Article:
Thursday, January 29, 2015

I entered the world of Les Liaisons Dangereuse last night through a preview performance of the Palm Beach Dramaworks production.  Elizabeth West Versalie, playwright/lyricist of Convertible and member of the South Florida Theater League, also attended.
What is amazing to me is my total lack of sympathy for this play, which took 3 hours to deliver.  I'm sure my low level irritation arises because the subject matter cuts so close to home regarding my own work, in which audiences are challenged to find anything that concerns them.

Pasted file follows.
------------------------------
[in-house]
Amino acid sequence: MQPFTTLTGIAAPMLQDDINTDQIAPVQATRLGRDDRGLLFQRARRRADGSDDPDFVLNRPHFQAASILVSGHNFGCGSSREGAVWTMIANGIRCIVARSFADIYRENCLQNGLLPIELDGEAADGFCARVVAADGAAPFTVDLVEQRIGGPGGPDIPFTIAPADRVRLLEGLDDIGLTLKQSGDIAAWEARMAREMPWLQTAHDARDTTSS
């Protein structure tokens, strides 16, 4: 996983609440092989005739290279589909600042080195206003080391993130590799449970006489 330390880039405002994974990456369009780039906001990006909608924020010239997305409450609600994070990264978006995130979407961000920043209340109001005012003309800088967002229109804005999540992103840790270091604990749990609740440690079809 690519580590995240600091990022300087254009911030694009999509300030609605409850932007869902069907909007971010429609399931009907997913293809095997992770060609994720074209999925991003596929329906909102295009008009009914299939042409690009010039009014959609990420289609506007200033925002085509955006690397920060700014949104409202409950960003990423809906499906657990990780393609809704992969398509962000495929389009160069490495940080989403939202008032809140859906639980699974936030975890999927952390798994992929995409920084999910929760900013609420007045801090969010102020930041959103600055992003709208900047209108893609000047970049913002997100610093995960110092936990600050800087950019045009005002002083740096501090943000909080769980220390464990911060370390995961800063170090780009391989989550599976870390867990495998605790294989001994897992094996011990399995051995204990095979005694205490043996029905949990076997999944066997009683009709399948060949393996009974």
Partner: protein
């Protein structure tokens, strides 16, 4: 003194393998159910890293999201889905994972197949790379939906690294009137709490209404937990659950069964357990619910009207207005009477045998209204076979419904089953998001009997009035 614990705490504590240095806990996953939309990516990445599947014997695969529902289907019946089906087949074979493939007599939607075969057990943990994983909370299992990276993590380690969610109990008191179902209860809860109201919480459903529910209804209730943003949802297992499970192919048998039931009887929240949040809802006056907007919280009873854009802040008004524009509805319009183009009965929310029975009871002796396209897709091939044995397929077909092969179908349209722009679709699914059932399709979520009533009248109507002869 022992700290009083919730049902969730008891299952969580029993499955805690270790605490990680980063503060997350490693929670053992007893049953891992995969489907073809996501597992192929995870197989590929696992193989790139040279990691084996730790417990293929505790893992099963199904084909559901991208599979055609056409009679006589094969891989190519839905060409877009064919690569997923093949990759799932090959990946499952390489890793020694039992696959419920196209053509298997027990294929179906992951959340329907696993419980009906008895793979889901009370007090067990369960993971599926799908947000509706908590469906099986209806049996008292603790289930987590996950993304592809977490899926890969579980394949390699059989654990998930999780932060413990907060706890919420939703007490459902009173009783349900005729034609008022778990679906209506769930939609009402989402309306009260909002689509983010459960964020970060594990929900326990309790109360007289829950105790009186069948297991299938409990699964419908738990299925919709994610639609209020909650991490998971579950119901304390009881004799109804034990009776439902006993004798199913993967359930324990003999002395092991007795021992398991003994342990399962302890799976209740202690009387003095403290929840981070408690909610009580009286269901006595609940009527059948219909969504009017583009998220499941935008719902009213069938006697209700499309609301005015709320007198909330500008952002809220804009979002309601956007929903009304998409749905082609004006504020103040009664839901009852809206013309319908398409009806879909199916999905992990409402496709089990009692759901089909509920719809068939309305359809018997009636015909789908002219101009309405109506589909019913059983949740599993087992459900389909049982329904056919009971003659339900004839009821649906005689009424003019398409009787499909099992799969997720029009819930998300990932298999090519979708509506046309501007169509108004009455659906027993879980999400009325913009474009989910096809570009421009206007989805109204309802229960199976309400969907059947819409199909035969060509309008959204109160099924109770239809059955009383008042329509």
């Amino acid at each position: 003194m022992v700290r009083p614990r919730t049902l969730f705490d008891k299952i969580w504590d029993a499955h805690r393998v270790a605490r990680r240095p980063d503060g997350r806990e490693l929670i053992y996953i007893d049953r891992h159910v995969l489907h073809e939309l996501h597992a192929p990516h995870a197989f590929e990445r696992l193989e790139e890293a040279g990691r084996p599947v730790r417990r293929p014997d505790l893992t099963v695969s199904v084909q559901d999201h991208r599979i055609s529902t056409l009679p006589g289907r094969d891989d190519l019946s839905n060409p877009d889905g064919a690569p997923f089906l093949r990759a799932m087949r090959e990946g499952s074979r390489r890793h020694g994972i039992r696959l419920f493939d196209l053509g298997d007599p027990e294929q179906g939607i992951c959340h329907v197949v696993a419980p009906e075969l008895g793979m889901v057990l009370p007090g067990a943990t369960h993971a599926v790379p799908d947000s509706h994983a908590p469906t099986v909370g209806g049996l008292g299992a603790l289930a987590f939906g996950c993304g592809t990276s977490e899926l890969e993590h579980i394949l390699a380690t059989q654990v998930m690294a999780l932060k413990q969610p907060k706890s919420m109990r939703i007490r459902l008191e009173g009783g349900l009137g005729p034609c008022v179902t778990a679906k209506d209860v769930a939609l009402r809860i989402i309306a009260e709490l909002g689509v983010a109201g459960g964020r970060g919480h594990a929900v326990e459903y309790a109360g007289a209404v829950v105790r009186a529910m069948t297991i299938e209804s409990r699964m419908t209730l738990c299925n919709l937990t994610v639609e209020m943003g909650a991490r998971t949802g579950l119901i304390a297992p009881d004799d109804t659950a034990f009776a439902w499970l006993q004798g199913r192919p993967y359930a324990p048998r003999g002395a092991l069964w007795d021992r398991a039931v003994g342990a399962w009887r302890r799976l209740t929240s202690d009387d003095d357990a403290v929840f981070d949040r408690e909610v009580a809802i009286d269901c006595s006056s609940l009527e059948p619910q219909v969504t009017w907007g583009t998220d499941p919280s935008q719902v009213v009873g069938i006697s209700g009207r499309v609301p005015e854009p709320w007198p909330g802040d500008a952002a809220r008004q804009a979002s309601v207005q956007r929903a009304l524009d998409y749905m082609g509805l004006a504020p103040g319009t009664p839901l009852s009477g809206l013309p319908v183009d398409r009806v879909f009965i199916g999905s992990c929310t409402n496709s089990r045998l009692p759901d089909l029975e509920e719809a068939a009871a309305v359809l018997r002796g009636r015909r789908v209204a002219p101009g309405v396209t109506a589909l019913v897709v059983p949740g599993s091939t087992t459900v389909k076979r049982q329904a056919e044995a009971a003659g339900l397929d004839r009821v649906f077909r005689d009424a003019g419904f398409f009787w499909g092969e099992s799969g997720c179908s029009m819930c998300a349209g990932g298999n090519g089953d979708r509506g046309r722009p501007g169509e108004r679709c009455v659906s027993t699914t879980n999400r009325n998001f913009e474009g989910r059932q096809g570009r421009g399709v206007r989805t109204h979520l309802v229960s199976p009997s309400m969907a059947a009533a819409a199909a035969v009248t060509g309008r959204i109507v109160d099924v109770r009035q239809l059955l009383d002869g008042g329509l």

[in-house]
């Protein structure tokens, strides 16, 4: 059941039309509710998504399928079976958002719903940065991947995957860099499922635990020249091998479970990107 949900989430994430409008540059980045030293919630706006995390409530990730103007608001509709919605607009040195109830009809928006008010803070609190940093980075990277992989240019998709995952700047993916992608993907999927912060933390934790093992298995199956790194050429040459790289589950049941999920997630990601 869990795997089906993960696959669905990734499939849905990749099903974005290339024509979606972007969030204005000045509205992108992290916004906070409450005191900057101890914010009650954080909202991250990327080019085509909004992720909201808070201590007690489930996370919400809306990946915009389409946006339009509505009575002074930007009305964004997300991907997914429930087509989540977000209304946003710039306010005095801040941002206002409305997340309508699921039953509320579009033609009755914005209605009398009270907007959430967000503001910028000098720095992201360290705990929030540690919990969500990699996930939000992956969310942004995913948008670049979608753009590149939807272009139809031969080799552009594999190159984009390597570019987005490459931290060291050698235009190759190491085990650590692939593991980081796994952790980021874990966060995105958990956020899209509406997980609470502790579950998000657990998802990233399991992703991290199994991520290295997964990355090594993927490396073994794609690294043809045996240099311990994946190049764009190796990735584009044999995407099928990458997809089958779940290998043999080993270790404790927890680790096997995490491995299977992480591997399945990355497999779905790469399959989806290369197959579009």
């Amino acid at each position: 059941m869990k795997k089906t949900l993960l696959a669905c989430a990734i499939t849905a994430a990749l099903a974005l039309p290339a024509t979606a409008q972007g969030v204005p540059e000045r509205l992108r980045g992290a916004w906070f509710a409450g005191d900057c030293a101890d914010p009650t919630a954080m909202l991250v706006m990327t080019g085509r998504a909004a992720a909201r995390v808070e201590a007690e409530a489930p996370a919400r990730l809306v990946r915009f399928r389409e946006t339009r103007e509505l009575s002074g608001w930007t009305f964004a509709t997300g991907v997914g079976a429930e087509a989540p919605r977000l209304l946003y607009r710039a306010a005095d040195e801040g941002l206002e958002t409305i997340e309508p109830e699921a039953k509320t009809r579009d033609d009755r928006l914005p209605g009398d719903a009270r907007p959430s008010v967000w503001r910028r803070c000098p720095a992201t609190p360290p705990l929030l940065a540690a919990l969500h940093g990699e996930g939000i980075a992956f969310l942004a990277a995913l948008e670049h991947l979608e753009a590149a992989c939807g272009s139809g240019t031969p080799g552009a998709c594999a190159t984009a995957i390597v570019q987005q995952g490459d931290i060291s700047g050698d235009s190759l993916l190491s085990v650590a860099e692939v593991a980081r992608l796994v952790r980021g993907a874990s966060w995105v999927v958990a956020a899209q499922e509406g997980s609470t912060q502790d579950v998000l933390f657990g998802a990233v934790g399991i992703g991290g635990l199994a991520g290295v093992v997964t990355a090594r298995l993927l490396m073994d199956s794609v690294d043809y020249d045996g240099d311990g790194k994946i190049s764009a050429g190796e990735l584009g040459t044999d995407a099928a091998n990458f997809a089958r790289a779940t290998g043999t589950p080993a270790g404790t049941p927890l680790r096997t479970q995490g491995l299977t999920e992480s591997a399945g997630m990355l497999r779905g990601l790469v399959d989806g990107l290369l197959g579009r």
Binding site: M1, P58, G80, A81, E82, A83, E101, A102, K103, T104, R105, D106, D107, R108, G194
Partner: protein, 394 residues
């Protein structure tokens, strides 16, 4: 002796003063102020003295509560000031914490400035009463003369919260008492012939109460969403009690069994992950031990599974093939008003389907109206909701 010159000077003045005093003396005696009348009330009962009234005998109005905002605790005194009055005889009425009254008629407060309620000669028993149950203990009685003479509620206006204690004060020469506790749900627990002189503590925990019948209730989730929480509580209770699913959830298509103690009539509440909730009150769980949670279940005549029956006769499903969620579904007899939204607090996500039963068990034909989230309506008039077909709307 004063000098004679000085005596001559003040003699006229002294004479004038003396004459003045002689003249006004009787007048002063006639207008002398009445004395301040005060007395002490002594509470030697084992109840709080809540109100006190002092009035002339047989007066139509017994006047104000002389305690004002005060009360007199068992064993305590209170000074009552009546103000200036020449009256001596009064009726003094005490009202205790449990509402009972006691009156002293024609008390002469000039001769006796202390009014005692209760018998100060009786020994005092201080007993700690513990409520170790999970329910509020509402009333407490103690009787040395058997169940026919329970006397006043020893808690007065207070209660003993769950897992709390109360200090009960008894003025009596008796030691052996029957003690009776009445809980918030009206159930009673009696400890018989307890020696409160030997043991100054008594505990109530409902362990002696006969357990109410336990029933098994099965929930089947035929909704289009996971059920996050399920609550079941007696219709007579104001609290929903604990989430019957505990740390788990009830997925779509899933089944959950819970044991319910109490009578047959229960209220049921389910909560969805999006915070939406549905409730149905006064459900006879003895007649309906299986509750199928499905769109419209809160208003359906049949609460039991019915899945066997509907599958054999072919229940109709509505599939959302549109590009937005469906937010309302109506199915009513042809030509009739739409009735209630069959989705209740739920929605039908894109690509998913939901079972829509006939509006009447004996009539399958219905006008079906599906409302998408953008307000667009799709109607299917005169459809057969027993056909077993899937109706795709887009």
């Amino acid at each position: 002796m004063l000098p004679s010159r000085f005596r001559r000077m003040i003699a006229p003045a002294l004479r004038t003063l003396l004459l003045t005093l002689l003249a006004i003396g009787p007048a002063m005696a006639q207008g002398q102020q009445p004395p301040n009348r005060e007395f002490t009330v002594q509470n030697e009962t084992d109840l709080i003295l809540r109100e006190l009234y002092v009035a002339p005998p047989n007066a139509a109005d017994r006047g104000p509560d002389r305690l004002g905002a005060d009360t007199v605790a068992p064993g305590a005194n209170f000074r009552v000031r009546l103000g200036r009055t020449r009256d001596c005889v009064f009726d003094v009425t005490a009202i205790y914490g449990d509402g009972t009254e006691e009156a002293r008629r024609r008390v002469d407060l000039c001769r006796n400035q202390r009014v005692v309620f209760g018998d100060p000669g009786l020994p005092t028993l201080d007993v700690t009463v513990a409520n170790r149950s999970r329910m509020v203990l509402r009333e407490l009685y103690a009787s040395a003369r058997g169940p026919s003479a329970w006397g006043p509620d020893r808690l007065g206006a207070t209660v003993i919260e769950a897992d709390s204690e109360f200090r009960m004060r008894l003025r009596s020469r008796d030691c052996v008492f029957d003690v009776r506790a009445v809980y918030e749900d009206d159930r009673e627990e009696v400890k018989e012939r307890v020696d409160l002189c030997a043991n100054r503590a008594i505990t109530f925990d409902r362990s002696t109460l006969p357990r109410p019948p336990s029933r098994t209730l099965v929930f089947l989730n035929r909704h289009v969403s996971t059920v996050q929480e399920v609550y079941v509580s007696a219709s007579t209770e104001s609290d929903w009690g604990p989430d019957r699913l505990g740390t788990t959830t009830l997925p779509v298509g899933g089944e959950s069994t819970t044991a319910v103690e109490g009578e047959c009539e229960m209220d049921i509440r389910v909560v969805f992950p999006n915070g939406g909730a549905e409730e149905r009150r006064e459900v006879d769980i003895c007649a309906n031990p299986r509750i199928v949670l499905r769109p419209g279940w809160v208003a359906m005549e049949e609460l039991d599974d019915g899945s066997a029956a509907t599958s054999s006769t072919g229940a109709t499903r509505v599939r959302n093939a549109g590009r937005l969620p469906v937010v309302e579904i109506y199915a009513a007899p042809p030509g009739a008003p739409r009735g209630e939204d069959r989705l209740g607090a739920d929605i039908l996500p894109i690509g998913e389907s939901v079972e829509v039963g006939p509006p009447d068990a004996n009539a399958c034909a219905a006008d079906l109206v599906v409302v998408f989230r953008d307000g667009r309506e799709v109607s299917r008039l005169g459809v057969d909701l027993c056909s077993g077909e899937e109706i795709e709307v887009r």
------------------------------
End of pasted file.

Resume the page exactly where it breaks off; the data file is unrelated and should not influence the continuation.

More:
Somehow after three hours I am at a loss to find character development in the figures parading about.    Their sincerity or lack of it seems arbitrary.  Somewhere buried in them are feelings, and the lead fellow's drive to not take no for an answer is somehow a show of strength and ingenuity, useless though it may be.  The playwright's waste of eloquent speech to resurrect the novel, giving costumed actors the opportunity to pretend and prey upon lower realms from a godlike precipice, is completely inconsequential.  Perhaps it lays a foundation for the French Revolution, but the main question after seeing what you'd be overthrowing is, why bother?  Ok, there's more to consider....   Perhaps this griping goes to the merit of classical french theater, the only names coming to mind being Voltaire and Moliere, which is vaguely satirical.  I remember being also annoyed by The Miser and The Hypochondriac (is that Tartuffe?).  I suppose I've grown to love the Bernstein Wilbur modern day derivative of Voltaire's Candide.  I may grow to love Christopher Hampton's Play, too.